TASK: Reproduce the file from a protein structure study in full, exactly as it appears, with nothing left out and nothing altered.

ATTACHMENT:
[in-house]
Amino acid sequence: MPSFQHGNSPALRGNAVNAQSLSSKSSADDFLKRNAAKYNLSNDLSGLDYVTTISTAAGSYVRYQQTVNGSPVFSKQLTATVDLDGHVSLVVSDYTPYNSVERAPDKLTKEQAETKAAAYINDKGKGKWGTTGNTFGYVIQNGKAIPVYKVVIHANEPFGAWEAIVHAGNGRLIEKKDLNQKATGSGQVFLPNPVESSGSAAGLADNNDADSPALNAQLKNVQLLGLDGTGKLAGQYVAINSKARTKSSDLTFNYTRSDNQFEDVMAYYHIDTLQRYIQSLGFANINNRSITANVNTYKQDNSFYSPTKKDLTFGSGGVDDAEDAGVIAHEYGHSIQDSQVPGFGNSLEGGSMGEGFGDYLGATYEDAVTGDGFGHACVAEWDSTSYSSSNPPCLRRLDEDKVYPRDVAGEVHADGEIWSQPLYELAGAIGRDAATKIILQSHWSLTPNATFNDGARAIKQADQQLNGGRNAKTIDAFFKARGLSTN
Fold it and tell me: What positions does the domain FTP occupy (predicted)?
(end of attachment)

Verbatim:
[in-house]
Amino acid sequence: MPSFQHGNSPALRGNAVNAQSLSSKSSADDFLKRNAAKYNLSNDLSGLDYVTTISTAAGSYVRYQQTVNGSPVFSKQLTATVDLDGHVSLVVSDYTPYNSVERAPDKLTKEQAETKAAAYINDKGKGKWGTTGNTFGYVIQNGKAIPVYKVVIHANEPFGAWEAIVHAGNGRLIEKKDLNQKATGSGQVFLPNPVESSGSAAGLADNNDADSPALNAQLKNVQLLGLDGTGKLAGQYVAINSKARTKSSDLTFNYTRSDNQFEDVMAYYHIDTLQRYIQSLGFANINNRSITANVNTYKQDNSFYSPTKKDLTFGSGGVDDAEDAGVIAHEYGHSIQDSQVPGFGNSLEGGSMGEGFGDYLGATYEDAVTGDGFGHACVAEWDSTSYSSSNPPCLRRLDEDKVYPRDVAGEVHADGEIWSQPLYELAGAIGRDAATKIILQSHWSLTPNATFNDGARAIKQADQQLNGGRNAKTIDAFFKARGLSTN
Fold it and tell me: What positions does the domain FTP occupy (predicted)?